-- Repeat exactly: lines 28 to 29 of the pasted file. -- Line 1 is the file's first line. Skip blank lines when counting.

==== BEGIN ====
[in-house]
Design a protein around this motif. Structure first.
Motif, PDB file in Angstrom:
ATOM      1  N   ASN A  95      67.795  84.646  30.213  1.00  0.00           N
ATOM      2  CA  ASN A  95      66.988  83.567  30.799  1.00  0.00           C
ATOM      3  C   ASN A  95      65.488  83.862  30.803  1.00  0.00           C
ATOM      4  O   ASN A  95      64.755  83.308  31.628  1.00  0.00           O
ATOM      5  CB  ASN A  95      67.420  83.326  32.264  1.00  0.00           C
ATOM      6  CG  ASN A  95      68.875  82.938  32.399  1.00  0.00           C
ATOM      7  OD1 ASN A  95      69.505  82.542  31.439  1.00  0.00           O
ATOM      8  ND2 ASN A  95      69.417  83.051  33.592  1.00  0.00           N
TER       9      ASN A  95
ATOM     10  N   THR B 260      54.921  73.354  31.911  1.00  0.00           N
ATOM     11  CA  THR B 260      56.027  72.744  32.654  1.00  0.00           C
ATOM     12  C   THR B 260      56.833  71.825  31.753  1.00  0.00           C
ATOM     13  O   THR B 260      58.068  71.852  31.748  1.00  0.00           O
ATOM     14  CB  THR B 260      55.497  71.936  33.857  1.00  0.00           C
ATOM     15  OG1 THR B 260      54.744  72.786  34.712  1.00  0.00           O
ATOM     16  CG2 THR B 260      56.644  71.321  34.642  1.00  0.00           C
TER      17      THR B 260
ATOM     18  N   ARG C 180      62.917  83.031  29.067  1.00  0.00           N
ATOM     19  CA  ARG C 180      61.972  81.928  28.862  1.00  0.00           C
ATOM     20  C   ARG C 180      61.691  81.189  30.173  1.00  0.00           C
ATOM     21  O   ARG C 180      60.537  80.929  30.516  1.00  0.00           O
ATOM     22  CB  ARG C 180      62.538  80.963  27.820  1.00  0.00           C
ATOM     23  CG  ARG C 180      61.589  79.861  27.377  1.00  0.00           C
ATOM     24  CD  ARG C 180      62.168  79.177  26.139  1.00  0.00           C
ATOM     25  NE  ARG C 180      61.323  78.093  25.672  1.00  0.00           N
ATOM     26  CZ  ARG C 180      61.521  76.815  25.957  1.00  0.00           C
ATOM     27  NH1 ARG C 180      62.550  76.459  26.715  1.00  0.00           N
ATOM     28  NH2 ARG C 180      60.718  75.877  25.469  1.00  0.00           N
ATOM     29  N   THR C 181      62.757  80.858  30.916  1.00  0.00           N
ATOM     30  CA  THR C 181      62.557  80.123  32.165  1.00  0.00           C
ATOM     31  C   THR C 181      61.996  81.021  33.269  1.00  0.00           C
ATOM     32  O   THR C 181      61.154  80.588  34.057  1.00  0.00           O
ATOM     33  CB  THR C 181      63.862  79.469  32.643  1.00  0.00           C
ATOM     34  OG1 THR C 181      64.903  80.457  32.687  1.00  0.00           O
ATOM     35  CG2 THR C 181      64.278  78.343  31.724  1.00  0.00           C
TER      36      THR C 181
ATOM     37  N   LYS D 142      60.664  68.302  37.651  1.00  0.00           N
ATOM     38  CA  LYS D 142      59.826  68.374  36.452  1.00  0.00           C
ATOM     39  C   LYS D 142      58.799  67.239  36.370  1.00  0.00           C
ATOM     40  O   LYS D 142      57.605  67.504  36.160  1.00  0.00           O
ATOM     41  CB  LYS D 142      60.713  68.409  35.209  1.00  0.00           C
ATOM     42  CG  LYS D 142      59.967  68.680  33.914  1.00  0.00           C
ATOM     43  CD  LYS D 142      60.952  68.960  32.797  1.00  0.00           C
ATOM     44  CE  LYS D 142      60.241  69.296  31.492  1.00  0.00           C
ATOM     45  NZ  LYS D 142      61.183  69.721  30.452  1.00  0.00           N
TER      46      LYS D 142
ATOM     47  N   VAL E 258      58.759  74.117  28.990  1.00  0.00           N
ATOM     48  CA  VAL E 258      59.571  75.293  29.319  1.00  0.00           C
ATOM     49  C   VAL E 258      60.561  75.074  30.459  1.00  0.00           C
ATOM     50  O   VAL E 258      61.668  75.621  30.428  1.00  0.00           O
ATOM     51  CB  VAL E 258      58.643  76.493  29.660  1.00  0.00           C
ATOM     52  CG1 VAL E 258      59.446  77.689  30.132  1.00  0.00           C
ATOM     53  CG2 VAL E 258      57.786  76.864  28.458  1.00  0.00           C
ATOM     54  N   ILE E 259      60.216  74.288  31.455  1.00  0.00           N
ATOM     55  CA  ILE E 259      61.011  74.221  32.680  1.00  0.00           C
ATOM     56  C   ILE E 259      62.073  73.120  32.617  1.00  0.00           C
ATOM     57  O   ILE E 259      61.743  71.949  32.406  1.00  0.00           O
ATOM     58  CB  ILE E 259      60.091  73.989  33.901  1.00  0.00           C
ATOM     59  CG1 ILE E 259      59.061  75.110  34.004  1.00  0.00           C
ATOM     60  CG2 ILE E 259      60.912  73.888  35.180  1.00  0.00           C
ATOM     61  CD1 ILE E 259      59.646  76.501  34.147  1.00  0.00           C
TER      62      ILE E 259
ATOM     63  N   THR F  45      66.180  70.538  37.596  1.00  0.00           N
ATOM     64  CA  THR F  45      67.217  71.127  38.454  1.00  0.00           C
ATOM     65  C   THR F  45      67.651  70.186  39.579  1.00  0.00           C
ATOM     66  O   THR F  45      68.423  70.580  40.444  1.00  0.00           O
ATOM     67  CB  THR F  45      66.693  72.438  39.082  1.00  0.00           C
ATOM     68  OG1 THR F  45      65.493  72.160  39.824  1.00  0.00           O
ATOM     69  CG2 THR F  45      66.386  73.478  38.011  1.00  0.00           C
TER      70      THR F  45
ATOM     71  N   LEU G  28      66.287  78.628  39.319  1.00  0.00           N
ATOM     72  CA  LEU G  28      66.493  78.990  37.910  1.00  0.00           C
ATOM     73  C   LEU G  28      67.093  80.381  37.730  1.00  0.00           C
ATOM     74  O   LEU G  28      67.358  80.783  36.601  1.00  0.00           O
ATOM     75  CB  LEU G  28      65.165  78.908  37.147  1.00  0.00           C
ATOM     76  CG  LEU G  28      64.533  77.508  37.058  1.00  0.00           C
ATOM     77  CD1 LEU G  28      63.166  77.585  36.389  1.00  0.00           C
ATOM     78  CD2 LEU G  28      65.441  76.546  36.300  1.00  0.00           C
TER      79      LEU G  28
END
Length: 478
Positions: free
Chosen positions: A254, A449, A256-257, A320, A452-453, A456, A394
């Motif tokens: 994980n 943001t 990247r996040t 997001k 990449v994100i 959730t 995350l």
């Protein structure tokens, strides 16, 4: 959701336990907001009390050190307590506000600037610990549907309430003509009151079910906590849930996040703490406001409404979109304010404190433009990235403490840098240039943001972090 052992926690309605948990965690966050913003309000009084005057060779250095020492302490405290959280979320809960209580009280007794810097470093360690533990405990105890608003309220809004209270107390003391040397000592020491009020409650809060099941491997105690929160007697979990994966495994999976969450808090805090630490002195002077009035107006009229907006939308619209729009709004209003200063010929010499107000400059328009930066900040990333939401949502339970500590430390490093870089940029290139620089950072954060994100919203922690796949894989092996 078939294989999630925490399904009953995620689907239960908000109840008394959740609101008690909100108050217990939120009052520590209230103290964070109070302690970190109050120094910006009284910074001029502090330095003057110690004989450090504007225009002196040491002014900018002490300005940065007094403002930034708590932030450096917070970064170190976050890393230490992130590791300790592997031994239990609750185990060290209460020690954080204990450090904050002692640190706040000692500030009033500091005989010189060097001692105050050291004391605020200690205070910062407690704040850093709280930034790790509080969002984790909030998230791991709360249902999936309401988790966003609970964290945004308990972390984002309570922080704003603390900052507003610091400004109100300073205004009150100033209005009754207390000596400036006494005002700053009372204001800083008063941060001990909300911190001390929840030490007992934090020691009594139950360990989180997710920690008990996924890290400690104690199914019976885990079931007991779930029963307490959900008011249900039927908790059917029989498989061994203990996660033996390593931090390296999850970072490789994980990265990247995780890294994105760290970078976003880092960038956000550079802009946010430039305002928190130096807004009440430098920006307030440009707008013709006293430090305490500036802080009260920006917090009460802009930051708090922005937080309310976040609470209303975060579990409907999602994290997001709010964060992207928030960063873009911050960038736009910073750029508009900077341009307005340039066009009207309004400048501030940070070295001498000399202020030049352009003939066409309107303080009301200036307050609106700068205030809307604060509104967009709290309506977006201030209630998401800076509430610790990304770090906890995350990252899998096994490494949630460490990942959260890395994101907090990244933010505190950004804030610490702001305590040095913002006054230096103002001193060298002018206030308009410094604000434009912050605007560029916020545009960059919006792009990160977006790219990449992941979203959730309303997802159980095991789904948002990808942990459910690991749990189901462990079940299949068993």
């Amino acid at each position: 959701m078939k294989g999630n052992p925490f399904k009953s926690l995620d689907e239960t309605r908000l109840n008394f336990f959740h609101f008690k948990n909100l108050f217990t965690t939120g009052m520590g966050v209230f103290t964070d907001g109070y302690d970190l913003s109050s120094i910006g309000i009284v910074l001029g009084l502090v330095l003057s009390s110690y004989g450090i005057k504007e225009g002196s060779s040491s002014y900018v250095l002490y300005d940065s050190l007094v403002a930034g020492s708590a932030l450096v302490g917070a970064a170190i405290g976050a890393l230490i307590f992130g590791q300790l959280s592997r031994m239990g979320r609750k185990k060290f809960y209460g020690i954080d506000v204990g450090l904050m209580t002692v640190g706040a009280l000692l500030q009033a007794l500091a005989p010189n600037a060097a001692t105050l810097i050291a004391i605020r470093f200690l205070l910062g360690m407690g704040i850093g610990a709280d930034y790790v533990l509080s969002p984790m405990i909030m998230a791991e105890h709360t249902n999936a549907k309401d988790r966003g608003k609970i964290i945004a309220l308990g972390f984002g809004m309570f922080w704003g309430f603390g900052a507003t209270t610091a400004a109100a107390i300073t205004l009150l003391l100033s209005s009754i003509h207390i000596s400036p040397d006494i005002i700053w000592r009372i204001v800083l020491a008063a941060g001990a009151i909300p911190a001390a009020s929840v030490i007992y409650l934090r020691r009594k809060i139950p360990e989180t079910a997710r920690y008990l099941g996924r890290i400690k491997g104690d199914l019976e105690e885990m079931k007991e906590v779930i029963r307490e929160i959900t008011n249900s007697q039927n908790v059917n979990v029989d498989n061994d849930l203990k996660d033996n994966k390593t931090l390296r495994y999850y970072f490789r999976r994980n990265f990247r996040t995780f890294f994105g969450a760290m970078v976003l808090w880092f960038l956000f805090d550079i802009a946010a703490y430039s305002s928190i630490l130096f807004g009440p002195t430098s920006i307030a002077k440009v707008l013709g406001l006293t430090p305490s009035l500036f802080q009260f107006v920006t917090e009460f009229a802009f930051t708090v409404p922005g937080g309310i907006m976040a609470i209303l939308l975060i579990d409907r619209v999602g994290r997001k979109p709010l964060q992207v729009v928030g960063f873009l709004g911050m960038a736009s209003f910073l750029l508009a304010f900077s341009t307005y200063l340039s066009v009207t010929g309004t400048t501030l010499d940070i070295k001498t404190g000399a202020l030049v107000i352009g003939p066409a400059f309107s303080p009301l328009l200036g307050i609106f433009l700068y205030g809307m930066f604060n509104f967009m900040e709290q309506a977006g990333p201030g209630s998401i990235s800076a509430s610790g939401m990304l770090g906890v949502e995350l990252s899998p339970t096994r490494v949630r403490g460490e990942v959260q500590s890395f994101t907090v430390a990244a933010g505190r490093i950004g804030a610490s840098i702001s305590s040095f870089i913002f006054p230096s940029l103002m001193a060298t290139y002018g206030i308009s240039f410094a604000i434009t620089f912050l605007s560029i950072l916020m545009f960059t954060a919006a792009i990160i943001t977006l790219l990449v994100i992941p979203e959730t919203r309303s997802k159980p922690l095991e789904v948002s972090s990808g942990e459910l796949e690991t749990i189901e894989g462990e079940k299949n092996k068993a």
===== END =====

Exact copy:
ATOM     25  NE  ARG C 180      61.323  78.093  25.672  1.00  0.00           N
ATOM     26  CZ  ARG C 180      61.521  76.815  25.957  1.00  0.00           C